Weltenburg Abbey: Prime example of architecture from the gilded age
On a picturesque bend in the Danube River between Regensburg and Munich sits one of the oldest monasteries in Germany, the Weltenburg Abbey.
Famed for is history — the monastery was founded in 610 A.D. – — and world-class beer — its brewery products have won medals at the World Beer Cup — Weltenburg is a gorgeous example of baroque architecture.
One of its highlights is the abbey church, which sits on the banks of the Danube. Construction on the church, dedicated to St. George, began in 1716 under brothers Cosmas Damian and Egid Quirin Asam, well-known German architects, and was finished 35 years later.
In typical baroque fashion, it is decorated throughout with ceiling frescoes, paintings in gilded frames, statues and other works of art — including a depiction of Cosmas Damian that looks down from cupola above the sanctuary.
The church is still used by the abbey’s 14 Benedictine monks, who hold several services weekly.
Almost as old as the abbey is its brewery, which has been in operation since 1050 and is said to be the world’s oldest monastery brewery. Among its products is Weltenburger Kloster Barock Dunkel, which was named the best “European-style dark beer” at the World Beer Cup in San Diego in 2004 and again in 2008. Last year, the brewery also won a silver medal for its Kloster Anno 1050 marzen beer.
During much of the year, the beer garden in the Abbey’s courtyard is packed with revelers, many of whom travel up or down river on boat tours and stop in to visit the church and sample the gold-medal beer. The garden recently closed for the season, but those wishing to eat or drink can try the restaurant, which is open on weekends through the end of the year.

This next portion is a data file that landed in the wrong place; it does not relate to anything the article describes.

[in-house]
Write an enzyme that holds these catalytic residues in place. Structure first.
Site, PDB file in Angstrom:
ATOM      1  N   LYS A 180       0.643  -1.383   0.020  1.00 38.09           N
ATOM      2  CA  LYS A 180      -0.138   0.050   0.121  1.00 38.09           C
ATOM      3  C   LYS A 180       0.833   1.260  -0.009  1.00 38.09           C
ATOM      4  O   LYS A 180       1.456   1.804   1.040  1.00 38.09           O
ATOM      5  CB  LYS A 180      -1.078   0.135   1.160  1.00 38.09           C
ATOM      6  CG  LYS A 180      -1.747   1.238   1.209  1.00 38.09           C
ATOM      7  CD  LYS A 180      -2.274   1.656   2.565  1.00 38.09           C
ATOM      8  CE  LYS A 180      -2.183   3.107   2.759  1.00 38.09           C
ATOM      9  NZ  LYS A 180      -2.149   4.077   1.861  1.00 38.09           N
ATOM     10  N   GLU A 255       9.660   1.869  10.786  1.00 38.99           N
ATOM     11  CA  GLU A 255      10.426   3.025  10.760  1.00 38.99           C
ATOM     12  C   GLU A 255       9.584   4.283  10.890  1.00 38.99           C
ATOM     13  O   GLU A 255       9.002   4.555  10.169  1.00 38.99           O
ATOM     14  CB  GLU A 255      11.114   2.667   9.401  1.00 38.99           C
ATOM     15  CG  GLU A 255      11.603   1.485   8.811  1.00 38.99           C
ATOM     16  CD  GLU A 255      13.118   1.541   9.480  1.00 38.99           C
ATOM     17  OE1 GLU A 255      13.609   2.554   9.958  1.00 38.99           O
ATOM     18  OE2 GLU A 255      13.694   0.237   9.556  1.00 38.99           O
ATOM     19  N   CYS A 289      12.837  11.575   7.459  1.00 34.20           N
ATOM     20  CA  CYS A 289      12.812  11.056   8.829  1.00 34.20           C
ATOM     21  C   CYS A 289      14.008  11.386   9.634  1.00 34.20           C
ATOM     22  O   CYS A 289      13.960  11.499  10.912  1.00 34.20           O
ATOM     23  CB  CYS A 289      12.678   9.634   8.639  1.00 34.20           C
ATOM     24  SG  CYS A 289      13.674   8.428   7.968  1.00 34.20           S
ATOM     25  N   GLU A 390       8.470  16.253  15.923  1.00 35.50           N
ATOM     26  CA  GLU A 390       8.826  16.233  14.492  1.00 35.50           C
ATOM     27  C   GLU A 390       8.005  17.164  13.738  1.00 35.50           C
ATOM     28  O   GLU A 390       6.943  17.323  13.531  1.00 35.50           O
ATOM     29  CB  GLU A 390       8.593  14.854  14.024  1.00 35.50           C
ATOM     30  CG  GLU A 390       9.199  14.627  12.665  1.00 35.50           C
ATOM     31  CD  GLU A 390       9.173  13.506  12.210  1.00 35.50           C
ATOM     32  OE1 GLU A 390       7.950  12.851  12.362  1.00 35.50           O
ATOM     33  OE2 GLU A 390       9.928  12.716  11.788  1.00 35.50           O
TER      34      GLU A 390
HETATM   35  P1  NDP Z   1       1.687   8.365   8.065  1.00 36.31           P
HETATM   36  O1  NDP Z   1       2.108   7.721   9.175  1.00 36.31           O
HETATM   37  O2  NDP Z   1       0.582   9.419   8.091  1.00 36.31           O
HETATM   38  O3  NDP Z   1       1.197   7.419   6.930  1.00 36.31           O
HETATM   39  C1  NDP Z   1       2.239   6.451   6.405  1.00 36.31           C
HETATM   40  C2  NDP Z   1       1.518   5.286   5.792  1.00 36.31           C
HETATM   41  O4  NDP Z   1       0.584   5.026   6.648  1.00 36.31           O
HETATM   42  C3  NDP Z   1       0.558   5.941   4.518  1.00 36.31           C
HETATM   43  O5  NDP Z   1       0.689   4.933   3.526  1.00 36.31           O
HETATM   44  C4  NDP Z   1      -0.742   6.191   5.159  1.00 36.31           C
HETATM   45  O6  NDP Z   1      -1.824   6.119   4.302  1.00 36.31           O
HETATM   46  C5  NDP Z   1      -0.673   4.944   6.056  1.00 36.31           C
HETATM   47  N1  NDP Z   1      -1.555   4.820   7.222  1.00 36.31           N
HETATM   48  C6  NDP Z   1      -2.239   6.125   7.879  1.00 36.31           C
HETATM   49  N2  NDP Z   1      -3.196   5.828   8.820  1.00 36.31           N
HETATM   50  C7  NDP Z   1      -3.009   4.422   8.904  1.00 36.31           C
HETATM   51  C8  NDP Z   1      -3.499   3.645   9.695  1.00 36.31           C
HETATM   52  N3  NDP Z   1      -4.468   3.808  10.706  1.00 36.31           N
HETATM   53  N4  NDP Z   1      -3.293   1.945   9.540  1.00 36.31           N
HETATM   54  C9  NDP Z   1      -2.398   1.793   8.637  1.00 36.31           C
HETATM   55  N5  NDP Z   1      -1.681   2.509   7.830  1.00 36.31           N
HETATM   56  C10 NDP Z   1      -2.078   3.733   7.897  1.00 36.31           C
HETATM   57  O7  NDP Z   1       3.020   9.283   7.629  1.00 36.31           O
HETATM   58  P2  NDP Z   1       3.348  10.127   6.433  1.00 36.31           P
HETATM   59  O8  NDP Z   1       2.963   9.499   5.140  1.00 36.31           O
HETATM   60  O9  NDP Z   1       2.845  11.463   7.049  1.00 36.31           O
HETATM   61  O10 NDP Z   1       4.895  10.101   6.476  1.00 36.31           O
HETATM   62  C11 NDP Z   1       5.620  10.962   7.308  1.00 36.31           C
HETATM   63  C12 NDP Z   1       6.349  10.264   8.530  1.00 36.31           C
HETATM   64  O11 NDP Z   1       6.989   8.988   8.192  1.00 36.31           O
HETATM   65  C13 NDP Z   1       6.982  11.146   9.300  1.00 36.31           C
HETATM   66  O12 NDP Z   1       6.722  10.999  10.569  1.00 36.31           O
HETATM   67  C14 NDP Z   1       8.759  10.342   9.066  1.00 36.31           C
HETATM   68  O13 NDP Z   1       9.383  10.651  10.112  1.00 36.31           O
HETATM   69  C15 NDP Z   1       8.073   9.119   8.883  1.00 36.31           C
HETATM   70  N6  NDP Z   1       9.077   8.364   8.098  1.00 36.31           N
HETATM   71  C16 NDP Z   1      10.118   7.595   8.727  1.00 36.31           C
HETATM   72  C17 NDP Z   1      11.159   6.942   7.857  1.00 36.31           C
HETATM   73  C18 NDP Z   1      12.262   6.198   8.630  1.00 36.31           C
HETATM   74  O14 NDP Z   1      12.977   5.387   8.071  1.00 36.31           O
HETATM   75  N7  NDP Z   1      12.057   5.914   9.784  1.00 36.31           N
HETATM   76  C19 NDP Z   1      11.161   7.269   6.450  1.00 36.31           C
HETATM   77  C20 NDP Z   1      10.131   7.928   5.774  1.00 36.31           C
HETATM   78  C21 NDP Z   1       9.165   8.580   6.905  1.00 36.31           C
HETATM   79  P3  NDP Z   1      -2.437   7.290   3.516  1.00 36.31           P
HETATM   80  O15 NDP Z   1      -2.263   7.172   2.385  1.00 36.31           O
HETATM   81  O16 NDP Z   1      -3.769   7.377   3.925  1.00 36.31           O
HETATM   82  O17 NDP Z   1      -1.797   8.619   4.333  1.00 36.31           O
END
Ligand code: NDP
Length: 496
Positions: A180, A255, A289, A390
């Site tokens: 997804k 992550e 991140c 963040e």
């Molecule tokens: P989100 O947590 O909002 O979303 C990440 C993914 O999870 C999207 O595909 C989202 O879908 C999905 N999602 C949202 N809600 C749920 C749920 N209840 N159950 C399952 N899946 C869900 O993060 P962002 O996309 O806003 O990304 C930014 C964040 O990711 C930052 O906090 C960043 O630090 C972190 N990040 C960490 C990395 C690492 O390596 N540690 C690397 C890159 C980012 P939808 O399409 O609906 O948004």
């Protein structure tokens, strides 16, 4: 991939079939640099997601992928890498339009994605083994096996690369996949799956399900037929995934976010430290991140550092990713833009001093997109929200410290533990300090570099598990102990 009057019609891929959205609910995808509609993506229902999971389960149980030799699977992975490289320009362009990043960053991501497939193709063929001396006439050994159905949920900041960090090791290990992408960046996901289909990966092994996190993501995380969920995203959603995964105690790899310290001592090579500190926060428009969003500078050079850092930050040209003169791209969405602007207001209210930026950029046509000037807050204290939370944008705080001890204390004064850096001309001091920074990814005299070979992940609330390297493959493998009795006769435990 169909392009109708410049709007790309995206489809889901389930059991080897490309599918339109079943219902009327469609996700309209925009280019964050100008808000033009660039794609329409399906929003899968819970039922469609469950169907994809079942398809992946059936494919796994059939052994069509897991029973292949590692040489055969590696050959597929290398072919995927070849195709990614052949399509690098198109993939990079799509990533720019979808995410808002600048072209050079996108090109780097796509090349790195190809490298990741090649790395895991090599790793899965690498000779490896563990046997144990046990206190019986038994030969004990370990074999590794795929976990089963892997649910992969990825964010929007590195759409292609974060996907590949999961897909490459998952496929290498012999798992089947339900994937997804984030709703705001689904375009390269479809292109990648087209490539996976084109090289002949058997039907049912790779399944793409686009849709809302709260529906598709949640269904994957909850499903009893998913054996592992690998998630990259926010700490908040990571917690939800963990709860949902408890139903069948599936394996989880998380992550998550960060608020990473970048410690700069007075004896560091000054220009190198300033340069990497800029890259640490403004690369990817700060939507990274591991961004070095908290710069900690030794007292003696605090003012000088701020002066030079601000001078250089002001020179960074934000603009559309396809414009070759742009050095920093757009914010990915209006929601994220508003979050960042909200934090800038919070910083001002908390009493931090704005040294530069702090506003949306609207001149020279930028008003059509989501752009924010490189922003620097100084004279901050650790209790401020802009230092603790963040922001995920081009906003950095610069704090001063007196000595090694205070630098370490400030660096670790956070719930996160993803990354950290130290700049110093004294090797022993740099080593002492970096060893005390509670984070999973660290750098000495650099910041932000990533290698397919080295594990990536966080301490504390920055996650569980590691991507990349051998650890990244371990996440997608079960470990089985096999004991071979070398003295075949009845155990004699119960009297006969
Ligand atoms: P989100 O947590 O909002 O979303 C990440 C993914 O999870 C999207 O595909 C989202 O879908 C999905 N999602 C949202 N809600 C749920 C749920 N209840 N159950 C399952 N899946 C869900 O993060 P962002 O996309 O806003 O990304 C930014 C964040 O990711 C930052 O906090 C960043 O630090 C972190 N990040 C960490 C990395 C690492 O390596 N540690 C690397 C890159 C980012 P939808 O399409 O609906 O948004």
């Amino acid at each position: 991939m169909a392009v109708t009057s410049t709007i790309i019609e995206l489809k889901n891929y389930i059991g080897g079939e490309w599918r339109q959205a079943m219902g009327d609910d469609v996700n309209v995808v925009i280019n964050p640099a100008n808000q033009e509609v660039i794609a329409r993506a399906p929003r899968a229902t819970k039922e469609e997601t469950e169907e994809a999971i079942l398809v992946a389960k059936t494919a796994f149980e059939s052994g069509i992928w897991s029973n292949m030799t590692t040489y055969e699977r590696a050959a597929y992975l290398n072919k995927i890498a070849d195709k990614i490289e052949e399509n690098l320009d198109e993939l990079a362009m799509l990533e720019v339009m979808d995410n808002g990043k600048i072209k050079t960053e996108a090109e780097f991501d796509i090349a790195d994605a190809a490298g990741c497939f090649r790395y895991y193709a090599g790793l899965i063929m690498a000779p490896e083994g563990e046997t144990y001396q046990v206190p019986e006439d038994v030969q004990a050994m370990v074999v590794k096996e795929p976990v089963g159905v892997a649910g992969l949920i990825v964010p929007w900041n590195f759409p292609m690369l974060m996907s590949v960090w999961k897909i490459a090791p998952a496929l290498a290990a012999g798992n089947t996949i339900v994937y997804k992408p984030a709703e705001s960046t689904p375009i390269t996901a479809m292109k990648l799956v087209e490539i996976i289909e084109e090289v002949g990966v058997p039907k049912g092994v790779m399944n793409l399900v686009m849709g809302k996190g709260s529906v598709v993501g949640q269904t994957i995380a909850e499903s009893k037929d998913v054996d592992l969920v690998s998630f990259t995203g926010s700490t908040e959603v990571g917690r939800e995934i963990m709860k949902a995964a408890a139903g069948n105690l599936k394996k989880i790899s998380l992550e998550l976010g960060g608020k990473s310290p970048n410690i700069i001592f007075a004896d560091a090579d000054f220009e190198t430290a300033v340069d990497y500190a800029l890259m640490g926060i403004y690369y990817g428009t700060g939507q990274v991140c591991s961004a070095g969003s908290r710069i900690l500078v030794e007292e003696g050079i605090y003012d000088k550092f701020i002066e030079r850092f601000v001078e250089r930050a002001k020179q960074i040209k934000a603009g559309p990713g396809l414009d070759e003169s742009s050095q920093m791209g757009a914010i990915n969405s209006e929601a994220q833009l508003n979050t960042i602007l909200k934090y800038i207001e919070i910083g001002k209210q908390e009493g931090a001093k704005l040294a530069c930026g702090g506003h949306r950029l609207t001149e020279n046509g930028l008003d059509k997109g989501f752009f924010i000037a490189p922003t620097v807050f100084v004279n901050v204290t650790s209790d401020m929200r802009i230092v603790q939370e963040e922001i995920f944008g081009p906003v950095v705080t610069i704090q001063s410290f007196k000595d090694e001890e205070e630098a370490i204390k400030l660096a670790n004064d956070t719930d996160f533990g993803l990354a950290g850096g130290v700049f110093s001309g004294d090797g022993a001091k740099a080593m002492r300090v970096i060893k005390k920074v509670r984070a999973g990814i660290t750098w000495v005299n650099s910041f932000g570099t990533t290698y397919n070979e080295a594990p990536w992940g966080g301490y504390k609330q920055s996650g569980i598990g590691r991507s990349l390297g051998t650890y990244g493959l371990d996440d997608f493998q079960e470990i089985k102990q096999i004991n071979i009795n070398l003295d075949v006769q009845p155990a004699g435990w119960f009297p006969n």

Visitors also can take a look in the Abbey museum, open daily, with exhibits recalling 1,400 years of history.
Just as impressive as the buildings are the Danube gorge and Arzburg mountain, which dominate the nearby countryside. For those wishing to see more of the river, there are boat tours going through the gorge that begin in Regensburg or Ingolstadt and stop at the abbey.
Also worth a visit in nearby Kelheim is another piece of historical interest, the Hall of Liberation. Commissioned by King Ludwig I and completed in 1863, it commemorates German victories in the Napoleonic Wars. The hall is open from 9 a.m. to 4 p.m. daily during the winter months, until 6 p.m. during the rest of the year.
Know and go ...Directions: From Autobahn 3, take exit 94 toward Parsburg, then follow signs to Kelheim and then on to the abbey. From A93, take exit 45 just south of Regensburg and follow Route 16 along the Danube to Kelheim. There is a parking area about a 10-minute walk from the Abbey.
Times: The abbey is open 8 a.m. to 7 p.m. daily; arrange guided tours by calling in advance. The museum is open 10 a.m. to 6 p.m. daily.
Costs: Walking on the abbey grounds is free. Entrance to the Abbey museum is 2 euros for adults and 1.50 euros for students.
Food: The abbey restaurant is open on weekends through the end of the year, then reopens for regular hours in mid-March. The beer garden is closed until March 15. Several restaurants and and cafes are in nearby Kelheim.
Information: The abbey’s Web site is in English and German, with information on the abbey, restaurant and boat tours: is www.klosterschenke-weltenburg.de. It also has a link to www.urbanplus.com/weltenburg, which has history of the abbey and an interactive tour of the grounds. Its e-mail address is email@example.com.
— Mark St.Clair